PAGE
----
Repatriation involves returning a deceased to their country of birth for burial or cremation there.

Repatriation involves embalming the deceased, and packaging them in hermetically sealed containers (polyurethane or zinc linings - depending on the requirements of the receiving country) inside coffins, which are then packaged and shipped by air on packing crates.

Ravens is a repatriation specialist, having done hundred's of repatriations all over the world. Most for immigrants who have been living in Australia for many years, but far too many for backpackers or guest workers who have been killed in accidents, or died from unexpected illness. (Repatriation fees are often covered by Transport Accident Commission, or by Crimes Compensation Commission grants. Please contact us to check if this might apply in your case.)

The legal documents needed for repatriation can be quite complex and very time consuming. They include some, or all, of: Certified Death Certificates from the Department of Births, Deaths and Marriages; Embalming certificates, often endorsed by a Notary Public; permissions from the Victorian Health Department to allow exporting of human remains; Freedom from Infectious Diseases certification; often 'Postiles' from the Australian Federal Government's Department of Foreign Affairs and Trade; permissions from the embassy of the receiving country (sometimes including certified translations of all documents and embassy officials inspecting and sealing the coffin with embassy stamps); permission from the Health Department of the receiving country; authorisations from participating airlines; and approvals from intermediate shipping ports if the route requires multiple connections.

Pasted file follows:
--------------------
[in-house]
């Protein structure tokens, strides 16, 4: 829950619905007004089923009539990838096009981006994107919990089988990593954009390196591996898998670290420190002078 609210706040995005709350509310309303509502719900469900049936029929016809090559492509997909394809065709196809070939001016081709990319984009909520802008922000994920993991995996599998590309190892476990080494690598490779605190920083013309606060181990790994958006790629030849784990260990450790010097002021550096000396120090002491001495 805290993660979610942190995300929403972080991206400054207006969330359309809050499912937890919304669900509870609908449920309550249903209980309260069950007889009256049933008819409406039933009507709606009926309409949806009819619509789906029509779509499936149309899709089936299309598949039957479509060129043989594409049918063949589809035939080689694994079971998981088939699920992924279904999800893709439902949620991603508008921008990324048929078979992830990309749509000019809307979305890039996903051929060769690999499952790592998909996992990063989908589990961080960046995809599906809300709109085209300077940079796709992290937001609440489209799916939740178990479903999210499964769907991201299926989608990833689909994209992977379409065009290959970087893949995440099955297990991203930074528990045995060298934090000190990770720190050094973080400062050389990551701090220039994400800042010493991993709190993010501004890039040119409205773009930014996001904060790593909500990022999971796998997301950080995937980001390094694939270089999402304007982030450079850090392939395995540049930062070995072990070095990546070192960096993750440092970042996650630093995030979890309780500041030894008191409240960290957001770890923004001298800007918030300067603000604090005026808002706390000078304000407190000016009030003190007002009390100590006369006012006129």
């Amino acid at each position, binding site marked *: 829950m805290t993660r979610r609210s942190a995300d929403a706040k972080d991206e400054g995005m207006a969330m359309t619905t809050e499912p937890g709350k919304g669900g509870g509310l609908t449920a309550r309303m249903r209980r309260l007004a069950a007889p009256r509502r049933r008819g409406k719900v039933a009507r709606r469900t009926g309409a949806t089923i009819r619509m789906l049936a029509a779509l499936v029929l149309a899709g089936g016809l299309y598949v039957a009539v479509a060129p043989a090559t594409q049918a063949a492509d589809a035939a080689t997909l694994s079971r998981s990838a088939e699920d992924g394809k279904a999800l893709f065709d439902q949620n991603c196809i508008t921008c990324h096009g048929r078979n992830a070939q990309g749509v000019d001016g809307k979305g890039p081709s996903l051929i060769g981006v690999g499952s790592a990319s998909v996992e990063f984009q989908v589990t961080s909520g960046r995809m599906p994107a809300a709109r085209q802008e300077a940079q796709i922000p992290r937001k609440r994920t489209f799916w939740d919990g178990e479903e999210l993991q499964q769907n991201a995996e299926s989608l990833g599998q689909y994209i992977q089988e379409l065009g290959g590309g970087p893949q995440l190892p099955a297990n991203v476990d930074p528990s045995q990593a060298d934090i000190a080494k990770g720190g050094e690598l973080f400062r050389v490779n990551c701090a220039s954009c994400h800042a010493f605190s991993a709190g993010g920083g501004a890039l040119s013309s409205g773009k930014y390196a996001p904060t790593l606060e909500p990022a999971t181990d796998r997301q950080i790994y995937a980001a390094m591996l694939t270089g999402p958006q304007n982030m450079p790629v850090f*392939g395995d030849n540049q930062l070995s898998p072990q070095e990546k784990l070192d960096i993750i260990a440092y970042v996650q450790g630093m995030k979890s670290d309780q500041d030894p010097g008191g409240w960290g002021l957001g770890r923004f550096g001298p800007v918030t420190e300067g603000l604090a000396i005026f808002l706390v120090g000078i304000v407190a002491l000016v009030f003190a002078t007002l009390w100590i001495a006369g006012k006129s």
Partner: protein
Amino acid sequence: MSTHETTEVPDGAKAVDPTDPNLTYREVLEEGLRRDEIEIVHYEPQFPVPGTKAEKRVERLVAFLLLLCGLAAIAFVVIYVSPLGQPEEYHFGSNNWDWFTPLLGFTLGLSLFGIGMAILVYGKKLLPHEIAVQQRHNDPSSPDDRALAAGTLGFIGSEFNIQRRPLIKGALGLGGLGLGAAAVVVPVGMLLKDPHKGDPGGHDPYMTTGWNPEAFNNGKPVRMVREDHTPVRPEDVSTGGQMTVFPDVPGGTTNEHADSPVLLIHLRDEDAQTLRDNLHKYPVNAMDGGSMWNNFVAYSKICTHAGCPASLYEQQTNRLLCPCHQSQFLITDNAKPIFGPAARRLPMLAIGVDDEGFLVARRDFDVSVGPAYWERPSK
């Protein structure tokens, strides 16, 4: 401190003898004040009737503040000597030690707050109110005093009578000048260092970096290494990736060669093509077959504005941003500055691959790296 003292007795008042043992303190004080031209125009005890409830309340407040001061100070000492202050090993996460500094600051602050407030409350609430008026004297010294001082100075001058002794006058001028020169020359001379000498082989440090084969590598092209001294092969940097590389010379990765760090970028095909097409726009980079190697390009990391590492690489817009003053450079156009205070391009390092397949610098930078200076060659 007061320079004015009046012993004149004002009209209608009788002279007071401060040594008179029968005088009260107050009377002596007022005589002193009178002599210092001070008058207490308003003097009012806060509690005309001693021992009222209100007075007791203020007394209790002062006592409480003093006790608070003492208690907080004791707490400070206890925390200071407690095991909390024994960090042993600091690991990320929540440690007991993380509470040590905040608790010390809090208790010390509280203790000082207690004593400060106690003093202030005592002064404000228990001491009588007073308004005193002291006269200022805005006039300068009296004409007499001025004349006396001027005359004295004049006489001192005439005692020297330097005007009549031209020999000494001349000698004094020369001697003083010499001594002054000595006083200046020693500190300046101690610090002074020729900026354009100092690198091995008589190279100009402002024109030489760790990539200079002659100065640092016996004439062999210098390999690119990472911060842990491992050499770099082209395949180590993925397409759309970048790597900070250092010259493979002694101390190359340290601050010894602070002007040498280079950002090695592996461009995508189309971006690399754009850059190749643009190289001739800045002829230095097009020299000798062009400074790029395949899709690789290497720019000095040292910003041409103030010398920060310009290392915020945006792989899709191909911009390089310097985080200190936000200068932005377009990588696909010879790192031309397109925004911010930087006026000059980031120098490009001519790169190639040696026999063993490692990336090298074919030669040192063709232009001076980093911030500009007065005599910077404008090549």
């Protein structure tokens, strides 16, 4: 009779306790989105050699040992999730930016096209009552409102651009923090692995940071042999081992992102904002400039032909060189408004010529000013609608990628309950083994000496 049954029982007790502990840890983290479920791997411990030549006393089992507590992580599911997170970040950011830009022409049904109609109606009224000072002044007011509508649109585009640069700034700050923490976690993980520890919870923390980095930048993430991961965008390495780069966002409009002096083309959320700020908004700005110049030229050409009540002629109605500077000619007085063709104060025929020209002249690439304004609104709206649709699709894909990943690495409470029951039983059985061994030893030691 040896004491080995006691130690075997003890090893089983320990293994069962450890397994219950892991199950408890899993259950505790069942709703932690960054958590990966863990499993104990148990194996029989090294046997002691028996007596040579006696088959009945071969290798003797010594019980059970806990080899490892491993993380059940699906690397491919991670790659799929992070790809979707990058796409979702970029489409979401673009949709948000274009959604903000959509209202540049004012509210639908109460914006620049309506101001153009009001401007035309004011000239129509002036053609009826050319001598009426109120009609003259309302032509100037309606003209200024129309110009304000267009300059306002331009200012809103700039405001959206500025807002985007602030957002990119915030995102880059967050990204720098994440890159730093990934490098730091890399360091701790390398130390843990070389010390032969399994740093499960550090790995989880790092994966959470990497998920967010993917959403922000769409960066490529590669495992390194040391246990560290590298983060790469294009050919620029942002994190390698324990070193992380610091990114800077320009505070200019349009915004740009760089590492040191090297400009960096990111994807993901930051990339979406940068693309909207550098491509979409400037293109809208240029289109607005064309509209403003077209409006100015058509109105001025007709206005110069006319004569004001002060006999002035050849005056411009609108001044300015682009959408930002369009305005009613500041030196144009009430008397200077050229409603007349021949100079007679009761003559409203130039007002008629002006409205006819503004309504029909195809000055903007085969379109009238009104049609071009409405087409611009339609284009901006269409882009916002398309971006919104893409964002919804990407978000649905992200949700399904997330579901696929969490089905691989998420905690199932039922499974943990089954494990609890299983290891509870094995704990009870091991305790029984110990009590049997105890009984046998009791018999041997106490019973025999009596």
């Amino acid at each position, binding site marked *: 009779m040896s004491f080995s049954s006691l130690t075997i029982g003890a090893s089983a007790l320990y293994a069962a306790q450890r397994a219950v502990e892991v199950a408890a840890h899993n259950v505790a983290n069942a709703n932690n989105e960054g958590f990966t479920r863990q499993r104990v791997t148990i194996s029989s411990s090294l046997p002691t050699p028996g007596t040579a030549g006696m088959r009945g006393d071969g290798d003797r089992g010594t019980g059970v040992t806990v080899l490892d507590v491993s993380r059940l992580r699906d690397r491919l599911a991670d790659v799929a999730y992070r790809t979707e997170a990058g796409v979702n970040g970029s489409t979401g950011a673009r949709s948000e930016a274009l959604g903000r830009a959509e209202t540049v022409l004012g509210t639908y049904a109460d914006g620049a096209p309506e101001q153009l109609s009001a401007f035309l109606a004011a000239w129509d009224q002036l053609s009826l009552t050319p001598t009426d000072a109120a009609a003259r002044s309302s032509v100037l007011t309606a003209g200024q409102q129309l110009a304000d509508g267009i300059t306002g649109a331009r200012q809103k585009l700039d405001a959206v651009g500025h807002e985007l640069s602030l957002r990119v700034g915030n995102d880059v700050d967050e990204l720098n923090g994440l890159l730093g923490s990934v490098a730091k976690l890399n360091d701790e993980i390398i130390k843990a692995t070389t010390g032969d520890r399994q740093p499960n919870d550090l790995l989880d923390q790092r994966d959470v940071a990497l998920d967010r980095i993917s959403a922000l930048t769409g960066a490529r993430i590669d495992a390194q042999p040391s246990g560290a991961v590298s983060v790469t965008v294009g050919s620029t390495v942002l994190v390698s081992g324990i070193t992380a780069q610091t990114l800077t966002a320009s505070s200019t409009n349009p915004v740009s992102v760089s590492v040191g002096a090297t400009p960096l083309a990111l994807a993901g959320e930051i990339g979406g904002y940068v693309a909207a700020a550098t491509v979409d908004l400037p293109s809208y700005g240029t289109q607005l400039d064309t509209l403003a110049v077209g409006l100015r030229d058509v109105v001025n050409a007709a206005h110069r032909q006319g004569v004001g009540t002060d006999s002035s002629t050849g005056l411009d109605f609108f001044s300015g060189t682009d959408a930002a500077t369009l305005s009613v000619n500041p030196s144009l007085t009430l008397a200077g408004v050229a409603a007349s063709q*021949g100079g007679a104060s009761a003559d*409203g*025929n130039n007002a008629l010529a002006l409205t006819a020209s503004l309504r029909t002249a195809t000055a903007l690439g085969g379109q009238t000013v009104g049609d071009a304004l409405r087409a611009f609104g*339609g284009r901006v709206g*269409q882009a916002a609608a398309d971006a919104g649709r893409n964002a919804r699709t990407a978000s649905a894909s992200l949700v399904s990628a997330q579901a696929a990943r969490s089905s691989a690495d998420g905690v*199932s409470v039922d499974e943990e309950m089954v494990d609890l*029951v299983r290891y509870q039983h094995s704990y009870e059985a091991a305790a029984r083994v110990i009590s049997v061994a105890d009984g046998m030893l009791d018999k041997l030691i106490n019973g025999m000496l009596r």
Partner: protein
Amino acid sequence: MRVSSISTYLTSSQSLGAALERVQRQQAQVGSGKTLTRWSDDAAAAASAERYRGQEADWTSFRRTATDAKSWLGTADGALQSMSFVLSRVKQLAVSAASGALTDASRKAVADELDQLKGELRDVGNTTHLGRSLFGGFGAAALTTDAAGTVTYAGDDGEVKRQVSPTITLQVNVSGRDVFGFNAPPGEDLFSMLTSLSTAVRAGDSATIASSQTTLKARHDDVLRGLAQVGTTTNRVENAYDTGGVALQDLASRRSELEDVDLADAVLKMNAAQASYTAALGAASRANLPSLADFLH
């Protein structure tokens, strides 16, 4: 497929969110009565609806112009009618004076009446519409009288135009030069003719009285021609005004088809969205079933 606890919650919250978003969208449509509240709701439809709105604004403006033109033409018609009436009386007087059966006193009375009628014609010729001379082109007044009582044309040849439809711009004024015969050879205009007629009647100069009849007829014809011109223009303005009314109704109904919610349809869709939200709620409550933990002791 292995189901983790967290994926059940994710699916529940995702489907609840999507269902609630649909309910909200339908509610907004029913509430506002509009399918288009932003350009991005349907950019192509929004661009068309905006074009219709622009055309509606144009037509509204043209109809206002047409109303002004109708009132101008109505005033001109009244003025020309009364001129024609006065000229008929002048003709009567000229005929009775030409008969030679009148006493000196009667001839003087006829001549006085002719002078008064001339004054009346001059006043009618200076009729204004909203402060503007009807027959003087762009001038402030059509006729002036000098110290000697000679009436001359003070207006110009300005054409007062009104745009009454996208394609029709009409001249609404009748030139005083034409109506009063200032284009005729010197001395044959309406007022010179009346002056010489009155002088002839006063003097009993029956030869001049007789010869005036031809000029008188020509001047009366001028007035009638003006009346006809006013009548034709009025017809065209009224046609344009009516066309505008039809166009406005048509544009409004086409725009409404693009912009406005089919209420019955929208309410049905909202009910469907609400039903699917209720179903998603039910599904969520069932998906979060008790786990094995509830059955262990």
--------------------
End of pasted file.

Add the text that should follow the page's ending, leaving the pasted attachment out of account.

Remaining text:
The process of collating all the correct documents, getting the correct certification, and arranging appointments and permissions from State, Federal, and international government departments, is not one that most families (or even most funeral directors), are ready to attempt for themselves without guidance. Raven's acts as agents for many smaller or country funeral directors who lack the resources for this specialist task.

Most repatriations take 4 to 7 days to organise. One of the most complex repatriations Raven's handled, involved trying to get a deceased back to Cuba (before the US would allow connecting flights through US territory). Eventually we had to fly the Cuban ambassador from Japan; get him to personally seal the coffin with embassy stamps; and then fly the deceased via Manila and Madrid (each of which had different packaging requirements) through to Cuba. The process took 7 weeks.

If you have a query about repatriation, please call and ask for one of our specialists.